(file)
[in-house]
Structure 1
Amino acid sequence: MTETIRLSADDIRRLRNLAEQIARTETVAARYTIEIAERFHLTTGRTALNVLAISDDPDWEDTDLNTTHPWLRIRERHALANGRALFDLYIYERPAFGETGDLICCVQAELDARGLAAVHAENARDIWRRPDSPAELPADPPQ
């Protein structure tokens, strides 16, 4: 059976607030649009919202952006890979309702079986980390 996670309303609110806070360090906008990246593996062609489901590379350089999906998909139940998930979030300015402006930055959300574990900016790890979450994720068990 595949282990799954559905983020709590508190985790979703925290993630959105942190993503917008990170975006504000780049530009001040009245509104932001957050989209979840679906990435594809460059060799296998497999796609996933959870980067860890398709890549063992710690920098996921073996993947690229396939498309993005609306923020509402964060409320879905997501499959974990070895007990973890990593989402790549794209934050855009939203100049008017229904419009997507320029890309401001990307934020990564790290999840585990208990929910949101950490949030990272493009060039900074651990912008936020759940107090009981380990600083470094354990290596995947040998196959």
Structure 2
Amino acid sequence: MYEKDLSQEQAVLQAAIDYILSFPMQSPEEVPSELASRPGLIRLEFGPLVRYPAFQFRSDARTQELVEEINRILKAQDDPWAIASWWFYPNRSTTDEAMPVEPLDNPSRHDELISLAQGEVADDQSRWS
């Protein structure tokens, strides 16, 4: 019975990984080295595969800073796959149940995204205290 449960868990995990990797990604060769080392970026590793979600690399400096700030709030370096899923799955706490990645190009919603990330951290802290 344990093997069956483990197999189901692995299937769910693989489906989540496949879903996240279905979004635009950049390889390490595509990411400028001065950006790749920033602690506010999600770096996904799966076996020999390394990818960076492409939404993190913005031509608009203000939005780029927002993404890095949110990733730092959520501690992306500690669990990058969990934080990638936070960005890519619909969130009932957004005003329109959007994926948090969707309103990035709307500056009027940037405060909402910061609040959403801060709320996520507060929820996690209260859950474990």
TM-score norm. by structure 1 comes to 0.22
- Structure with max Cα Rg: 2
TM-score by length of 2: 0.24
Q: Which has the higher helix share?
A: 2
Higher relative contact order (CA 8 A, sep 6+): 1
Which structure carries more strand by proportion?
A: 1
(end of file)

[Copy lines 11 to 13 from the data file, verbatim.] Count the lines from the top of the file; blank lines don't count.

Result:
Q: Which has the higher helix share?
A: 2
Higher relative contact order (CA 8 A, sep 6+): 1